The port of entry in San Ysidro, California, was briefly closed early Monday after immigration authorities said they had received reports that members of a migrant "caravan" were gathering in Tijuana and planning to "rush" the border.
Interested in Immigration?Add Immigration as an interest to stay up to date on the latest Immigration news, video, and analysis from ABC News.
Customs and Border Protection said the northbound lanes at the nation's busiest border crossing were closed and with the military's help "port hardening materials" quickly installed, including "jersey barriers and concertina wire, to prepare for the potential arrival of thousands of people migrating in a caravan heading towards the border of the United States.”
But it turned out to be a false alarm -- the CBP said no migrants ever came.
On Monday afternoon, Homeland Security Secretary Kirstjen Nielsen tweeted out photos of CBP officers in riot gear as well as the barbed wire and barriers citing the reports about plans to "rush" the border.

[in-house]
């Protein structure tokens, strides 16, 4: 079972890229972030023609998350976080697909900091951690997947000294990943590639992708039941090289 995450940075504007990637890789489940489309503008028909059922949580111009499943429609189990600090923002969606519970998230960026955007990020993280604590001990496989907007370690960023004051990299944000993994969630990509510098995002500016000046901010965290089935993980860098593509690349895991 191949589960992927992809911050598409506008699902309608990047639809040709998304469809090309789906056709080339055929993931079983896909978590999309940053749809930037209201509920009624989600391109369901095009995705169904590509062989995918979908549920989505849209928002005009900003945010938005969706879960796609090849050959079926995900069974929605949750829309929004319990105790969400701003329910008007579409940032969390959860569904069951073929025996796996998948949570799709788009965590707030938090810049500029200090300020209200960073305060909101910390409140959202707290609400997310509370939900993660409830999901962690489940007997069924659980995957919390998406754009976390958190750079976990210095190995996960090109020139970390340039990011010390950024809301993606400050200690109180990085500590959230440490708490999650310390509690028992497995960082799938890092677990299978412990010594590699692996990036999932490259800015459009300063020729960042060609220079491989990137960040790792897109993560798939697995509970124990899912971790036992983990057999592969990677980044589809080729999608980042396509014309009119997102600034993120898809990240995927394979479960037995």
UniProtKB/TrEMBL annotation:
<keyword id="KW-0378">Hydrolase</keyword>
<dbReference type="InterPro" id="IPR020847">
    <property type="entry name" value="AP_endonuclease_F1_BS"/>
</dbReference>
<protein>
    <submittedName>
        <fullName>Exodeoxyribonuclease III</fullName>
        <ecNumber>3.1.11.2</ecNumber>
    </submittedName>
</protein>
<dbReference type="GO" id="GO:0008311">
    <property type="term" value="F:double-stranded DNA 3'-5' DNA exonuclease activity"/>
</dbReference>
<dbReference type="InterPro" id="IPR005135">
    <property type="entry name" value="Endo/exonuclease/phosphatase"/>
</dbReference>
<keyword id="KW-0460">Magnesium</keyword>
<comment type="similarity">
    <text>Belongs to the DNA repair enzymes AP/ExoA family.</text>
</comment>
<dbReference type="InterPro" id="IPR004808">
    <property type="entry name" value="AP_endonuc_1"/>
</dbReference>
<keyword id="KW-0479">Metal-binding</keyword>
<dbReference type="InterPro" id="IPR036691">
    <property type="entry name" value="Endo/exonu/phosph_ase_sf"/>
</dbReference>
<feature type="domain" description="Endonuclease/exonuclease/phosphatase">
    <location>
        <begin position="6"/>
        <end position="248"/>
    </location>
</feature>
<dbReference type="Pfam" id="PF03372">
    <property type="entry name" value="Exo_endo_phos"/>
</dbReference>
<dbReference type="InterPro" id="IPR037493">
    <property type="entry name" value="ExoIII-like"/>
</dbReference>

.@CBP and @DeptofDefense appropriately responded by blocking the lanes, deploying additional personnel and seeking assistance from other law enforcement and federal assets. #CBP has reopened lanes for legitimate trade and travel. I want to thank them for their swift actions. pic.twitter.com/eJVVuAs0w6— Sec. Kirstjen Nielsen (@SecNielsen) November 19, 2018
According to a DHS official, the concern prompted a suspension of the port for three hours in order to get more CBP personnel in the area.
“CBP will not allow for the unlawful entry of persons into the United States, at or between our ports of entry,” said Pete Flores, Director of Field Operations in San Diego. “Waiting until a large group of persons mass at the border to attempt an illegal crossing is too late for us; we need to be prepared prior to when they arrive at the border crossing.”
According to a DHS official, the San Ysidro facility can hold only up to 300 people.
Officials said they are also limited if they need to deal with rival gang members in custody or unaccompanied minors.
The main concern was safety for their personnel, that DHS official said.
DHS claims the department has identified more than "500 criminals" in the caravan.
"Most of the caravan are not women and children," an official said, adding that most are men and male teenagers trying to enter the country.